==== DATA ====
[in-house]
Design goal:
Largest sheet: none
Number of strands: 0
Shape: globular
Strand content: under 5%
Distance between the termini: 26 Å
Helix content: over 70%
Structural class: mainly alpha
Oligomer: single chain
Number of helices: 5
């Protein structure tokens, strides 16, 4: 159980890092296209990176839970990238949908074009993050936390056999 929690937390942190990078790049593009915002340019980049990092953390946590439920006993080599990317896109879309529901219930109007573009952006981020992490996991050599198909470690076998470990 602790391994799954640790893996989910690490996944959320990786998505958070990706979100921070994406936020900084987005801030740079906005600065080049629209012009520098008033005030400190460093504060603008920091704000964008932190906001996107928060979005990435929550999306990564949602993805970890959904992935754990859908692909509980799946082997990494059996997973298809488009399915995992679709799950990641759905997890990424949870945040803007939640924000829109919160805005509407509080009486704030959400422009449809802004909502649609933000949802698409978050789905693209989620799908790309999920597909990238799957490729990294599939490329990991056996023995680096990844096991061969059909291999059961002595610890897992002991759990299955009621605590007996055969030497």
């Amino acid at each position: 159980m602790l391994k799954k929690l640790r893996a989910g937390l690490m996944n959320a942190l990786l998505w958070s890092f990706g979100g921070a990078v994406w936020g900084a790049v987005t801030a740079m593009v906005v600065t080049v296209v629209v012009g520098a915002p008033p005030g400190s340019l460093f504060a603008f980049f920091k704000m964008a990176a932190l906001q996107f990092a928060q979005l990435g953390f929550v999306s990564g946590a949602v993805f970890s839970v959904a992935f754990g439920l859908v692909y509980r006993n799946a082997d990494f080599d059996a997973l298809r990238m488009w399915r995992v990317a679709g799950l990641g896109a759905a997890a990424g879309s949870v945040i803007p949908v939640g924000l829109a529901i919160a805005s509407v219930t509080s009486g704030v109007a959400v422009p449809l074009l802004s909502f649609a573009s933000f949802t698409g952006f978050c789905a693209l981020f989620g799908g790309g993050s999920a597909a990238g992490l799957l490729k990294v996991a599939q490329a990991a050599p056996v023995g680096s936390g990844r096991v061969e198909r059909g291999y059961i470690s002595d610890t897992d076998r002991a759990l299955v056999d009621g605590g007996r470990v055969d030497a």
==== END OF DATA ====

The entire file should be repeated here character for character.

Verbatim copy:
[in-house]
Design goal:
Largest sheet: none
Number of strands: 0
Shape: globular
Strand content: under 5%
Distance between the termini: 26 Å
Helix content: over 70%
Structural class: mainly alpha
Oligomer: single chain
Number of helices: 5
């Protein structure tokens, strides 16, 4: 159980890092296209990176839970990238949908074009993050936390056999 929690937390942190990078790049593009915002340019980049990092953390946590439920006993080599990317896109879309529901219930109007573009952006981020992490996991050599198909470690076998470990 602790391994799954640790893996989910690490996944959320990786998505958070990706979100921070994406936020900084987005801030740079906005600065080049629209012009520098008033005030400190460093504060603008920091704000964008932190906001996107928060979005990435929550999306990564949602993805970890959904992935754990859908692909509980799946082997990494059996997973298809488009399915995992679709799950990641759905997890990424949870945040803007939640924000829109919160805005509407509080009486704030959400422009449809802004909502649609933000949802698409978050789905693209989620799908790309999920597909990238799957490729990294599939490329990991056996023995680096990844096991061969059909291999059961002595610890897992002991759990299955009621605590007996055969030497």
């Amino acid at each position: 159980m602790l391994k799954k929690l640790r893996a989910g937390l690490m996944n959320a942190l990786l998505w958070s890092f990706g979100g921070a990078v994406w936020g900084a790049v987005t801030a740079m593009v906005v600065t080049v296209v629209v012009g520098a915002p008033p005030g400190s340019l460093f504060a603008f980049f920091k704000m964008a990176a932190l906001q996107f990092a928060q979005l990435g953390f929550v999306s990564g946590a949602v993805f970890s839970v959904a992935f754990g439920l859908v692909y509980r006993n799946a082997d990494f080599d059996a997973l298809r990238m488009w399915r995992v990317a679709g799950l990641g896109a759905a997890a990424g879309s949870v945040i803007p949908v939640g924000l829109a529901i919160a805005s509407v219930t509080s009486g704030v109007a959400v422009p449809l074009l802004s909502f649609a573009s933000f949802t698409g952006f978050c789905a693209l981020f989620g799908g790309g993050s999920a597909a990238g992490l799957l490729k990294v996991a599939q490329a990991a050599p056996v023995g680096s936390g990844r096991v061969e198909r059909g291999y059961i470690s002595d610890t897992d076998r002991a759990l299955v056999d009621g605590g007996r470990v055969d030497a």